ENROLLING IN A NEW INSTITUTION: The Solution to Racism in Fandom

Popular cosplayer and blogger, Chaka Cumberbatch.

Popular cosplayer and blogger, Chaka Cumberbatch.

I read a brilliant – and heart-wrenching article today in which cosplayer, Chaka Cumberbatch demanded better representation for Black women characters in popular geek media, because frankly, the lack of a Black presence in fandom has her fatigued.

“I’m tired of not seeing faces like mine in my comics. I’m sick of the notion that a black female character is a rare treat, a special occasion.”

“I’m getting really tired of just accepting whatever scraps are thrown our way.”

“I’m tired of not seeing faces like mine in my comics.”

“…faces like mine in my comics.That was the beginning of my heartbreak for this brilliant sister truly believes those comics are hers.

Alien Encounters IVAnd they should be. They should be written with her – a serious and long-standing fan of comics and other forms of geek fandom – in mind; but they aren’t.

They should feature more Black women – and men, for that matter – as superheroes because Black women are, well…extraordinary; but they don’t.

They won’t.


Because mainstream geekdom is not concerned with us. A Black hero is “different”; is “risky”; and no form of media in the mainstream is in the business of taking risks.

Now, watch someone pull Storm, Luke Cage, the Black Panther or Aqualad out of the bag and shout “We have given you these cool superheroes and yet, you still complain.”

Shut up!

Those characters were not written with us in mind.

As renowned veteran comic book creator, author and screenwriter Geoffrey Thorne says: “There can be no Black consciousness in comics unless there are Black creators in comics.”

Consciousness is the quality or state of being aware of an external object or something within oneself and we are acutely more aware of self than of anything external.

So, to put it bluntly, we are not part of the consciousness of the creators of fandom, who are mainly white men…white men are.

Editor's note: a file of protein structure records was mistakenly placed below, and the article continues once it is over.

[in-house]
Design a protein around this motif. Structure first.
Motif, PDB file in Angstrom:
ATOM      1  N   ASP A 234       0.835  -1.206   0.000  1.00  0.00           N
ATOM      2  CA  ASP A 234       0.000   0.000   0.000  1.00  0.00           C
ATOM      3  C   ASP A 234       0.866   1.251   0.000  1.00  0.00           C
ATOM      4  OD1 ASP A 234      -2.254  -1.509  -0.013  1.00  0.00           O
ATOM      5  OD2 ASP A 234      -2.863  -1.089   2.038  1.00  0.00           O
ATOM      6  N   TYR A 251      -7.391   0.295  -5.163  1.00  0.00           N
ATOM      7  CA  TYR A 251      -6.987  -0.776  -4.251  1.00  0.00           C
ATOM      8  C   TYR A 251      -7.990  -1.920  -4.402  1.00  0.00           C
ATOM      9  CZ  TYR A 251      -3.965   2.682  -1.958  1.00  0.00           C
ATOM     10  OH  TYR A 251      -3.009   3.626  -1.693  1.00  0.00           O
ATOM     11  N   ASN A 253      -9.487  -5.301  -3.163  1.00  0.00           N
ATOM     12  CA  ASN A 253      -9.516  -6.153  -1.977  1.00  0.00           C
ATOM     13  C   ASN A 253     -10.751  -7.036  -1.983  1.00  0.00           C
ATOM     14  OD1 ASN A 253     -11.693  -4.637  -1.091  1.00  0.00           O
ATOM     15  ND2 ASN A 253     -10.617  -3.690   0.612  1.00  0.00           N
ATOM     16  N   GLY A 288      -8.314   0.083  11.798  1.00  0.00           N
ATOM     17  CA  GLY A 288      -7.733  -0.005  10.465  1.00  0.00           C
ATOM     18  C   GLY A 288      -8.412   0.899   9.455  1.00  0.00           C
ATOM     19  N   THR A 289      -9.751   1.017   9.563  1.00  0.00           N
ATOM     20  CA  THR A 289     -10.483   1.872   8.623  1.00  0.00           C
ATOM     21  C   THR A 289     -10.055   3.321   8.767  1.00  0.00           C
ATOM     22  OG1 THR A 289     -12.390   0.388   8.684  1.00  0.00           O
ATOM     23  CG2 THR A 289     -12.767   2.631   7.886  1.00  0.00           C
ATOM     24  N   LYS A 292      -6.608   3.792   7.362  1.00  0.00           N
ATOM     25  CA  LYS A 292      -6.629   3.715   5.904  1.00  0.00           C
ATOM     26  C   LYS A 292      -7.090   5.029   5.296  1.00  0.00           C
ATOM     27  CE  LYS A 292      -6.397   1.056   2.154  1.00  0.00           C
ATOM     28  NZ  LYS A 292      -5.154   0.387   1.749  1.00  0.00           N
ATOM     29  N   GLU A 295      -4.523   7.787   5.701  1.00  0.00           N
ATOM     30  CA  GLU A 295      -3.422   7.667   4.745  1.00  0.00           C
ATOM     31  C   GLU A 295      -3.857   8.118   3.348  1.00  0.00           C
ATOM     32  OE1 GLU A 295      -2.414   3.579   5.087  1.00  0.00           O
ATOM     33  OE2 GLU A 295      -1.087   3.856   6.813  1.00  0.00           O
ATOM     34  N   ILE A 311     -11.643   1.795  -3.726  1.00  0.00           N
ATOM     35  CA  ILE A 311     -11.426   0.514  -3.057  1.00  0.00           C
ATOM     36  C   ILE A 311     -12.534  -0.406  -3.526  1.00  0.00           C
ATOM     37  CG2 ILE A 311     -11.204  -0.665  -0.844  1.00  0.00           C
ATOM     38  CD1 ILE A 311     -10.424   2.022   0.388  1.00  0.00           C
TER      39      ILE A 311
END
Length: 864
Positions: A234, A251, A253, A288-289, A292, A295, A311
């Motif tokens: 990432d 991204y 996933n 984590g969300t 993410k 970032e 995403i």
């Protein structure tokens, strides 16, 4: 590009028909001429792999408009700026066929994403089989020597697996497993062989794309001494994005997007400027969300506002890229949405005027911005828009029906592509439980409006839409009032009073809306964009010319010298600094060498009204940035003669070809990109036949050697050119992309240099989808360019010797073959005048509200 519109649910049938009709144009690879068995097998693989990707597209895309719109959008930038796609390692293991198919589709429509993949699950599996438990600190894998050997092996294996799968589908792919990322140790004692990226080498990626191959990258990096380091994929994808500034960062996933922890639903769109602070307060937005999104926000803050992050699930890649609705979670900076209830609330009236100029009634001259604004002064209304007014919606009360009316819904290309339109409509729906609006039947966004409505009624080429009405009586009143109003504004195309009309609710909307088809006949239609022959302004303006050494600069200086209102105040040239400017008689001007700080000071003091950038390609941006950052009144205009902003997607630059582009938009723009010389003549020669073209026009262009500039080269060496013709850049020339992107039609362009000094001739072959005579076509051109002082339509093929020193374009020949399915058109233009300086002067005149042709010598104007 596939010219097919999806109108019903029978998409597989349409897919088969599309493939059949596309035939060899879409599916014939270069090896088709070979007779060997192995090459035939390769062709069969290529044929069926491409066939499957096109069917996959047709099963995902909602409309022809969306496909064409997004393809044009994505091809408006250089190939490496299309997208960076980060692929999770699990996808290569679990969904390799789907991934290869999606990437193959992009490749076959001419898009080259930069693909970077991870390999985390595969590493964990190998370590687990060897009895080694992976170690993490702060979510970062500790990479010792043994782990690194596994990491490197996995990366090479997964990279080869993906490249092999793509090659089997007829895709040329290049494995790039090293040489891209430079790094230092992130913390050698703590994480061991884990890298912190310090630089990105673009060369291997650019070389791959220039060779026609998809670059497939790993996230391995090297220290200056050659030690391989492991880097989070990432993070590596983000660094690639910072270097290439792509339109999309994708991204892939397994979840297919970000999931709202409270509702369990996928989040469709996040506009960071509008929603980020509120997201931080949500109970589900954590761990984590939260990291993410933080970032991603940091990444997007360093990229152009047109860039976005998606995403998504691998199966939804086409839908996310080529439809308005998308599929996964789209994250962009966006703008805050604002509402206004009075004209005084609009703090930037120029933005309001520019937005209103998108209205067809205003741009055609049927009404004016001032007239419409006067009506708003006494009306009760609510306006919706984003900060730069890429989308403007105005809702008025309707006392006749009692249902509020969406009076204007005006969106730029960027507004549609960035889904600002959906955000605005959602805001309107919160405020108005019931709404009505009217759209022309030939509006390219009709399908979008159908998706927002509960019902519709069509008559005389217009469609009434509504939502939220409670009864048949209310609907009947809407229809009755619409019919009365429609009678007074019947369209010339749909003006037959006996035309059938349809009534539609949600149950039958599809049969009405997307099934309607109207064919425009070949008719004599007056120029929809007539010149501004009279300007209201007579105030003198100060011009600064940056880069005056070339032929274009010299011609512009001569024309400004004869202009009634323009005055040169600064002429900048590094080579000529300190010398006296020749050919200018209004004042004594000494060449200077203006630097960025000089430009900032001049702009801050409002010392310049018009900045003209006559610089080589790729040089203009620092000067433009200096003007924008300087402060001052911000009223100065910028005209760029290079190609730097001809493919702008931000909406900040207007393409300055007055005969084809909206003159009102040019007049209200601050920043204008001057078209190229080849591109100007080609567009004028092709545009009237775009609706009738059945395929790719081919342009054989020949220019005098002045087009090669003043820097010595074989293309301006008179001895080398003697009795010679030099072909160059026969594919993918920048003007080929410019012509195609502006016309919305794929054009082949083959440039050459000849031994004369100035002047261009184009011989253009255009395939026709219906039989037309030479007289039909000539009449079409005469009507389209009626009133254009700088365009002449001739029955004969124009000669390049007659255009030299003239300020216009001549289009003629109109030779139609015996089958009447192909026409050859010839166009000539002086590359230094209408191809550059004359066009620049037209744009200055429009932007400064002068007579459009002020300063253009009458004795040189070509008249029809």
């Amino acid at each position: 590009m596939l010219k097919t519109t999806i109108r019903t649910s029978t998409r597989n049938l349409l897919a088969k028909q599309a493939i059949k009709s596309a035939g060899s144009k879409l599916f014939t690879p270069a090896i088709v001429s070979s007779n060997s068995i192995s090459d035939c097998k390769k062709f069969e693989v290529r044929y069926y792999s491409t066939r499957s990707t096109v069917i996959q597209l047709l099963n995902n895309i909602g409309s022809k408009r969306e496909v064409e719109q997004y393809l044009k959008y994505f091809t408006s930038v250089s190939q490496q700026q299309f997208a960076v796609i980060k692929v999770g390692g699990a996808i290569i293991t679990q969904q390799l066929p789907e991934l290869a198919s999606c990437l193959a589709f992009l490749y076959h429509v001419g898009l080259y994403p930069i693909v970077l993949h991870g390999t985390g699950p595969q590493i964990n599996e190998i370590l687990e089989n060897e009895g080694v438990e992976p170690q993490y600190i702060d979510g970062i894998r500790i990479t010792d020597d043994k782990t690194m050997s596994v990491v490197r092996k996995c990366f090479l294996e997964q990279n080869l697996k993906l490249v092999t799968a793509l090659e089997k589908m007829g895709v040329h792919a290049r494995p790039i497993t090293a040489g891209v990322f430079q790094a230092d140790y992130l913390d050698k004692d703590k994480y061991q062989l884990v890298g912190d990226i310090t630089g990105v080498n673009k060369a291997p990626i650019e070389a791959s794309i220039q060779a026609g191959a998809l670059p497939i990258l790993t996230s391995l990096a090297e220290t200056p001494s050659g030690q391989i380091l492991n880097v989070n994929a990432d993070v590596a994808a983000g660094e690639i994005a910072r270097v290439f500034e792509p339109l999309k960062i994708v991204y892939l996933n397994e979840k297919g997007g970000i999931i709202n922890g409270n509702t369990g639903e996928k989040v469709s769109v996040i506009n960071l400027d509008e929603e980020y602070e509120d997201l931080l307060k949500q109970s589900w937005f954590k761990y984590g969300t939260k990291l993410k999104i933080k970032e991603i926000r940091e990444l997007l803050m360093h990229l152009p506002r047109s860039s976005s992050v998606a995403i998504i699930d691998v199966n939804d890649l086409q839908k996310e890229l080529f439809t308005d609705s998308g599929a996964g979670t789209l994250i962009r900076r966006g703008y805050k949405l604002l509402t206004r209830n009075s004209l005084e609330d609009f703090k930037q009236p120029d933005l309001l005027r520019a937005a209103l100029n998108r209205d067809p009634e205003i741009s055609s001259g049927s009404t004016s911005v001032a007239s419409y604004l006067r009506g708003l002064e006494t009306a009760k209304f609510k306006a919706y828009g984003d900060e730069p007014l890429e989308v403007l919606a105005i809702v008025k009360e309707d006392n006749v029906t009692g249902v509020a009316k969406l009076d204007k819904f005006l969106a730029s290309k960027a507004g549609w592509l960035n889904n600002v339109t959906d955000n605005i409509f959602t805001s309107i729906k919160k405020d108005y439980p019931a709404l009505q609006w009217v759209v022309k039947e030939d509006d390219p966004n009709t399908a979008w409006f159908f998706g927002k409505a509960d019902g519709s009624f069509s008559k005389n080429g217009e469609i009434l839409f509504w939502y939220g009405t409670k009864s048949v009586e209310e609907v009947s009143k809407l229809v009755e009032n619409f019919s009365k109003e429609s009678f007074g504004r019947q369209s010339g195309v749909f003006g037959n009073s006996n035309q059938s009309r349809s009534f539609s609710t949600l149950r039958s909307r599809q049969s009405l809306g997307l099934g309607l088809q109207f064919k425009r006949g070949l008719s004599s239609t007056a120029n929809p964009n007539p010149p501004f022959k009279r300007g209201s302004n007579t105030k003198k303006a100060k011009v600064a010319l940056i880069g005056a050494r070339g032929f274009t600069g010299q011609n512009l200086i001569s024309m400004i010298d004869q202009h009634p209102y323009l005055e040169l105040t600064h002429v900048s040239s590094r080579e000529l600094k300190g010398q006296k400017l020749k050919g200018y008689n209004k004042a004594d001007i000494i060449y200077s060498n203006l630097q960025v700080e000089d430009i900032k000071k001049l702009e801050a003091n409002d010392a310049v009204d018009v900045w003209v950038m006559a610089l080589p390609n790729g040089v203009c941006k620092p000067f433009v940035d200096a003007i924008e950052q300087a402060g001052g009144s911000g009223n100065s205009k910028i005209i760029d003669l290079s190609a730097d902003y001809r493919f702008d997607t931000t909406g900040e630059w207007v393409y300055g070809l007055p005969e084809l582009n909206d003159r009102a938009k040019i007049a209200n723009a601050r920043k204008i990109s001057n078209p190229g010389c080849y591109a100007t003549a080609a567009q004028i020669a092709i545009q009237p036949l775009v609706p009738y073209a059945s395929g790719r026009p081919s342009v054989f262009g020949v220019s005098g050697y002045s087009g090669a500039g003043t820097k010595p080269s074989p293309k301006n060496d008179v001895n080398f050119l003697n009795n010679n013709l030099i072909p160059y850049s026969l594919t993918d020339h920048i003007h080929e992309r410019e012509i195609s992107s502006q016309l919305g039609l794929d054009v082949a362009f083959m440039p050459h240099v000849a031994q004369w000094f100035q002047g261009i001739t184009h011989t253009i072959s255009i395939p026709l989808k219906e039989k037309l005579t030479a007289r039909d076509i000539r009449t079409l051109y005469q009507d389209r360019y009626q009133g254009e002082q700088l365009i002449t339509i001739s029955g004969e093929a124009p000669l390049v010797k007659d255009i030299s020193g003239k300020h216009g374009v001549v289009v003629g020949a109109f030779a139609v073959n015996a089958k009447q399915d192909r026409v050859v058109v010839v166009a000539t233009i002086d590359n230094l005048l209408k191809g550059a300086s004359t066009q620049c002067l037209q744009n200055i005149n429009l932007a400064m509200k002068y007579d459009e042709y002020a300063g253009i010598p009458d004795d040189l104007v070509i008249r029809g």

Black SuperheroWhen these men write a Black character in a comic book, it is not to appease Black people; it is not to fill some status quo; we are not part of the conversation, contemplation or consciousness.

We are the only people who believe that if we write about a Black hero or shero, they must have a white sidekick or mentor in order for the book to be accepted. We are the only people who cry “I live in a multicultural world, so I write what I see.” White people live in that same world. If they decide to write a multicultural tale, the hero is, more often than not, a white man. If they are “really hip”, they might have a white woman as the protagonist, but a person of color as the protagonist is a rarity, indeed.

And we should not complain about that. People can write what they want to.

We should not demand more representation from the mainstream. The mainstream does not care about the Black demographic at best and is a racist institution at worst.

The institution of geek fandom is old and has been allowed to keep running with our support and our hope for a brighter and better day for women and people of color. However, this institutional racism within fandom will continue as a pattern of racial exclusion simply by virtue of folks doing things the way they have always been done.

Think not?

Recently, Worldcon – the biggest convention in fandom – planned to screen the spectacularly racist film, Song of the South.

Black comixYep; that Song of the South.

When called out on this madness, Worldcon fans – mostly white men, of course, were swift to defend their beloved con. One fan summed up the sentiment of fans nicely: “Going to cons–and Worldcon moreso–is a luxury activity. The truth is that most POC don’t have the disposable income [to attend fan conventions]. They’re a noticeable minority at airports, on cruises, and other luxury activities”.

I wonder if he received a free guest pass.

Geoffrey Thorne broke it down for us like this: “Marvel says they can’t make a Black Panther film because it’s too far fetched to present Wakanda as a real place while at the same time dropping both the new Thor film and the upcoming Guardians of the Galaxy.  Wakanda is more farfetched than Asgard?”